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I was studying about spherical and cylindrical coordinates but I still cannot understand what its importance in physics and math, that is, what was the motivation for its discovery? Solve a problem in physics or is its importance different?

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  • $\begingroup$ Have you tried solving e.g. the heat or wave equation for a spherical domain in Cartesian xyz coordinates? $\endgroup$ Dec 6, 2020 at 8:06
  • $\begingroup$ it's just a choice of coordinate system to make use of a symmetry of the problem youre looking at $\endgroup$
    – ctsmd
    Dec 6, 2020 at 8:48
  • $\begingroup$ It seems you don't have a very good teacher if they couldn't come up with physical examples. $\endgroup$
    – ProfRob
    Dec 6, 2020 at 16:30

1 Answer 1

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Let's consider an example: The gravity of the earth. Suppose the earth is a sphere (its center of the mass defines the origin of our coordinate system) and that we are interested in the gravity at a hight $h$ above the ground. Newtons law tells us that the gravitational force at a position $\vec r = \vec r_{probe}= (r,\varphi, \theta)$ is given by $$ \tag{1} \vec F_g = \vec F_g(r,\varphi, \theta) = - \gamma \frac{m_{probe} M_{earth}}{r^2} \; \vec e_r $$ where $r = R_{earth} + h$ is the distance of the probe to the earth's center, and $\vec e_r$ is the vector connecting these two points. Note that $\vec e_r=(1,0,0)_{r,\varphi, \theta}$ in spherical coordinates.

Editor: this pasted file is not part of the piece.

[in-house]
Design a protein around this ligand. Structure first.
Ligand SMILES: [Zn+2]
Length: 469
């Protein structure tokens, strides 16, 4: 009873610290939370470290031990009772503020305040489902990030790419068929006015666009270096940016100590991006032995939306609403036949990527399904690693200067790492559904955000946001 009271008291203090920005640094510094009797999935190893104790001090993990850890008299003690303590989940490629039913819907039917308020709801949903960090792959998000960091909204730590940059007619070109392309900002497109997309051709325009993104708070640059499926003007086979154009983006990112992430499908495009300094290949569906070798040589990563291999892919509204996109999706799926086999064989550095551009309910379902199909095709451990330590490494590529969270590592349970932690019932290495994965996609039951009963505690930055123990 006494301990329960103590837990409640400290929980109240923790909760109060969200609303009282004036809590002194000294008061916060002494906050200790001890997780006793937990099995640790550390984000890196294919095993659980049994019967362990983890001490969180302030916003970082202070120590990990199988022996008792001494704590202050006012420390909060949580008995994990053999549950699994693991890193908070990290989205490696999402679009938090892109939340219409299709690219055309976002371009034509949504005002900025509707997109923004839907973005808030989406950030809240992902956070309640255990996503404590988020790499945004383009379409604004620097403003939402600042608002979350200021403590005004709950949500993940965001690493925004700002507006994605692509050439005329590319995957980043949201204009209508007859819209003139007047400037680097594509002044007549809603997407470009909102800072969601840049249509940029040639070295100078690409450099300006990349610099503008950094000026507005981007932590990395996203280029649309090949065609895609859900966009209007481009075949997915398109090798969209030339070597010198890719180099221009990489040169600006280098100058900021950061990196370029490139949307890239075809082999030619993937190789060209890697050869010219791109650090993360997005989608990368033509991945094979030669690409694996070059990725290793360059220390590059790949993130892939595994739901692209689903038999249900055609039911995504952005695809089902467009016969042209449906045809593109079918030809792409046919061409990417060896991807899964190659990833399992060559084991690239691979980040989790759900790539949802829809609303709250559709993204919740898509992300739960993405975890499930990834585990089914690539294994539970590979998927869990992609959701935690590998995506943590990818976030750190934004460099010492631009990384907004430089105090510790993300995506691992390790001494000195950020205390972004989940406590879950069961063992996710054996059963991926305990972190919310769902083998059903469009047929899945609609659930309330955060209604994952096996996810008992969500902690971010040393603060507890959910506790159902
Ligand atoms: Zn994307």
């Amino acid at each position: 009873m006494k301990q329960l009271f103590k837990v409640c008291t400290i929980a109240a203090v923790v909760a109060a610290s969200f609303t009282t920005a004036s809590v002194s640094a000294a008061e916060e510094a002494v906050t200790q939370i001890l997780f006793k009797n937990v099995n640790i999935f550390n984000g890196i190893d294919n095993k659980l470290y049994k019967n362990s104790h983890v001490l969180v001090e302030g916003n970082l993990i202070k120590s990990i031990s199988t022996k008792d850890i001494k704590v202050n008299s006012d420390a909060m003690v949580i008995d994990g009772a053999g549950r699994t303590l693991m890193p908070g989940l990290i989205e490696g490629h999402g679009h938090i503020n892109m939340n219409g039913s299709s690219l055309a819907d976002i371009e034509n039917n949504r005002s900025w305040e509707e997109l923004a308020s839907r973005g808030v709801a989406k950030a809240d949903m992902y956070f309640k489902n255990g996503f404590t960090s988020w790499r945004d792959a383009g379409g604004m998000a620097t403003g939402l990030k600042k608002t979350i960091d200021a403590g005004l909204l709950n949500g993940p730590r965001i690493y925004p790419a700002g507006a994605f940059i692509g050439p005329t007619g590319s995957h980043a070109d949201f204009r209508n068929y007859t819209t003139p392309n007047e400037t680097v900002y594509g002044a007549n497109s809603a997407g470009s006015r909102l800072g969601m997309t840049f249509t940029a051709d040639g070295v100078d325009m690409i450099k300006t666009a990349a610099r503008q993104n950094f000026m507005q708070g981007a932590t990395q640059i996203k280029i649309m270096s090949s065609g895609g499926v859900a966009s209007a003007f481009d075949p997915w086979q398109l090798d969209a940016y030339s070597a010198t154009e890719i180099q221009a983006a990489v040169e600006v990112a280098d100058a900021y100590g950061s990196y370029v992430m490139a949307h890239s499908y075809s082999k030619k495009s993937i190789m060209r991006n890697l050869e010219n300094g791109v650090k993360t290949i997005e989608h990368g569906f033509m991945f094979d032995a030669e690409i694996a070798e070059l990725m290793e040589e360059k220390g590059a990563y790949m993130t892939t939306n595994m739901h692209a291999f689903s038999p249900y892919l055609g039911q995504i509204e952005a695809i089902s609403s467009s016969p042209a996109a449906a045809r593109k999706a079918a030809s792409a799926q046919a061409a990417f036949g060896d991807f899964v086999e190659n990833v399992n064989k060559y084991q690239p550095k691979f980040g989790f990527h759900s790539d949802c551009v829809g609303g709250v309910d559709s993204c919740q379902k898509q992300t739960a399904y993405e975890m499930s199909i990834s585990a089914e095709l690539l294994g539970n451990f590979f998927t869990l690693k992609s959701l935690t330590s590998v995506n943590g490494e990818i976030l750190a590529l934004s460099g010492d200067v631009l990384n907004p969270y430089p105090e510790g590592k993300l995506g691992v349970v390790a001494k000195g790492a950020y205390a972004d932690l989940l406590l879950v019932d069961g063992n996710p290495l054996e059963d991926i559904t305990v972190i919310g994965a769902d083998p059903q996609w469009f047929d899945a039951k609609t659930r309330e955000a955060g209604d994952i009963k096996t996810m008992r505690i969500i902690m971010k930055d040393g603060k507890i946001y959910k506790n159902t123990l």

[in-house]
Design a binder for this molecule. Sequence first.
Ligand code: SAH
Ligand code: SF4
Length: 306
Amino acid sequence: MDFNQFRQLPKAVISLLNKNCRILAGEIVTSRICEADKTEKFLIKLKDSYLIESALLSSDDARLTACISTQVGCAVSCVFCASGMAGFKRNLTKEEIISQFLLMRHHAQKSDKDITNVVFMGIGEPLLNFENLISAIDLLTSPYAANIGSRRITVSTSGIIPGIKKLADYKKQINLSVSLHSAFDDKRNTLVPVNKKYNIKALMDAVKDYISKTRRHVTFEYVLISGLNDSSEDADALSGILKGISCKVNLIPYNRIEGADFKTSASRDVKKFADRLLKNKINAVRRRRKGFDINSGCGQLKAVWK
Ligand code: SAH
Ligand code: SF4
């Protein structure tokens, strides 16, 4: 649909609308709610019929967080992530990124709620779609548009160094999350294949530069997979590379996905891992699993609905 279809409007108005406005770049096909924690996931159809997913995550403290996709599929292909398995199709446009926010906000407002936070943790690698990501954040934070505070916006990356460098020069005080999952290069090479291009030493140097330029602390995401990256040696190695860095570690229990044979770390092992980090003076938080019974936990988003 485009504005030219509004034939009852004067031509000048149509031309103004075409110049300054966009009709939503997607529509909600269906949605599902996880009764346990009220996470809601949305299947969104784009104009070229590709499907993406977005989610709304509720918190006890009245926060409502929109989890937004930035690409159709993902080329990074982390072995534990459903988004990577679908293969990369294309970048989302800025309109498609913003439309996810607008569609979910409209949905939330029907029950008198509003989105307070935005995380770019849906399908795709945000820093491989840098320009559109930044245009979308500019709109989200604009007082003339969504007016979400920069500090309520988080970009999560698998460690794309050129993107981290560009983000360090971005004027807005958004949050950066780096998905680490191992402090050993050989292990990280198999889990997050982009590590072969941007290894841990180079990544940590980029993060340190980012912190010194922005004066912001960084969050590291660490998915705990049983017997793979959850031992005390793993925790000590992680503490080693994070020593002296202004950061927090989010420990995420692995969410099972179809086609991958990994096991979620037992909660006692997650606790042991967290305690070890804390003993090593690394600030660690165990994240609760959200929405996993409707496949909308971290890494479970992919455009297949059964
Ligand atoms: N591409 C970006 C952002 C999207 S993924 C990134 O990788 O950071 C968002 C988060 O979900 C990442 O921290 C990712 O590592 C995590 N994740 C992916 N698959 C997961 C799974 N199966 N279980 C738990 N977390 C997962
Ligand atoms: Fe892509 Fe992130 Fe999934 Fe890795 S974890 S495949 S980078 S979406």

Eq. (1) is a simple formula, because it consists only of a single variable, $r$. The two angles $(\varphi, \theta)$ do not appear in the formula. Hence, the 3D problem is reduced to a 1D problem, which is much simpler to solve and understand: From the formula it is evident that the force scales with the distance squared and that it is directed towards the earth's center.

Now, let's express this formula in cartesian coordinates $(x,y,z)$, $$ \vec F_g = \vec F_g(x,y,z) = - \gamma \frac{m_{probe} M_{earth}}{(x^2+y^2 + z^2)^{3/2}} \; \left( \begin{matrix} x\\ y\\ z \end{matrix} \right) $$ Since the cartesian coordinates do not capture the symmetry of the problem, we have to use all three coordinates $(x,y,z)$. Hence, the 3D problem is not reduced to 1D. Note that both descriptions are equivalent: What is true/false for one is also true/false for the other.

The importance of other coordinate systems in physics is that they allow us to understand the problem on a much deeper level. Also, since the math is much simpler they allow us to solve problems which were otherwise beyond our ability.

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